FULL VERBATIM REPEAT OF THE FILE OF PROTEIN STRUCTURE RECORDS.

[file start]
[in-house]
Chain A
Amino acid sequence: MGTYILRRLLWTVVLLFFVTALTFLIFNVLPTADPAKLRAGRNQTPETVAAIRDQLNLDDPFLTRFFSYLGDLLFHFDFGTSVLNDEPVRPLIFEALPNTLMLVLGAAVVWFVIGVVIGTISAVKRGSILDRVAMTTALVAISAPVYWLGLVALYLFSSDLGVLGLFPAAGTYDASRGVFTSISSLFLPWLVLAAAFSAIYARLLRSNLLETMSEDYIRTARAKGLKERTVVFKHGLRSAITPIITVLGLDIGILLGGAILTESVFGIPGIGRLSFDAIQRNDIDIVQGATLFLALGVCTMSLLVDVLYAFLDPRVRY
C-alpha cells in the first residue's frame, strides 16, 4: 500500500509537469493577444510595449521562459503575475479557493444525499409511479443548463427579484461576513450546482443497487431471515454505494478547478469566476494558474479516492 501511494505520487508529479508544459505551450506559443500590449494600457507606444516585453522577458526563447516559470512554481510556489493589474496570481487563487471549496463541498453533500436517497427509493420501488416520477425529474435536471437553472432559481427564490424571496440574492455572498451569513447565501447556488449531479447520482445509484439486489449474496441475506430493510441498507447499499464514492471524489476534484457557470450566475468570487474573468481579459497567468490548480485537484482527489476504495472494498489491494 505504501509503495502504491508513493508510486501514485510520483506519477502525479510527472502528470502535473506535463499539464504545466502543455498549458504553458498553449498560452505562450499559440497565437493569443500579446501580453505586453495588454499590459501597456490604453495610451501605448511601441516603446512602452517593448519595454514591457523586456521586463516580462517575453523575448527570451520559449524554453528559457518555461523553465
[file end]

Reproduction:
[in-house]
Chain A
Amino acid sequence: MGTYILRRLLWTVVLLFFVTALTFLIFNVLPTADPAKLRAGRNQTPETVAAIRDQLNLDDPFLTRFFSYLGDLLFHFDFGTSVLNDEPVRPLIFEALPNTLMLVLGAAVVWFVIGVVIGTISAVKRGSILDRVAMTTALVAISAPVYWLGLVALYLFSSDLGVLGLFPAAGTYDASRGVFTSISSLFLPWLVLAAAFSAIYARLLRSNLLETMSEDYIRTARAKGLKERTVVFKHGLRSAITPIITVLGLDIGILLGGAILTESVFGIPGIGRLSFDAIQRNDIDIVQGATLFLALGVCTMSLLVDVLYAFLDPRVRY
C-alpha cells in the first residue's frame, strides 16, 4: 500500500509537469493577444510595449521562459503575475479557493444525499409511479443548463427579484461576513450546482443497487431471515454505494478547478469566476494558474479516492 501511494505520487508529479508544459505551450506559443500590449494600457507606444516585453522577458526563447516559470512554481510556489493589474496570481487563487471549496463541498453533500436517497427509493420501488416520477425529474435536471437553472432559481427564490424571496440574492455572498451569513447565501447556488449531479447520482445509484439486489449474496441475506430493510441498507447499499464514492471524489476534484457557470450566475468570487474573468481579459497567468490548480485537484482527489476504495472494498489491494 505504501509503495502504491508513493508510486501514485510520483506519477502525479510527472502528470502535473506535463499539464504545466502543455498549458504553458498553449498560452505562450499559440497565437493569443500579446501580453505586453495588454499590459501597456490604453495610451501605448511601441516603446512602452517593448519595454514591457523586456521586463516580462517575453523575448527570451520559449524554453528559457518555461523553465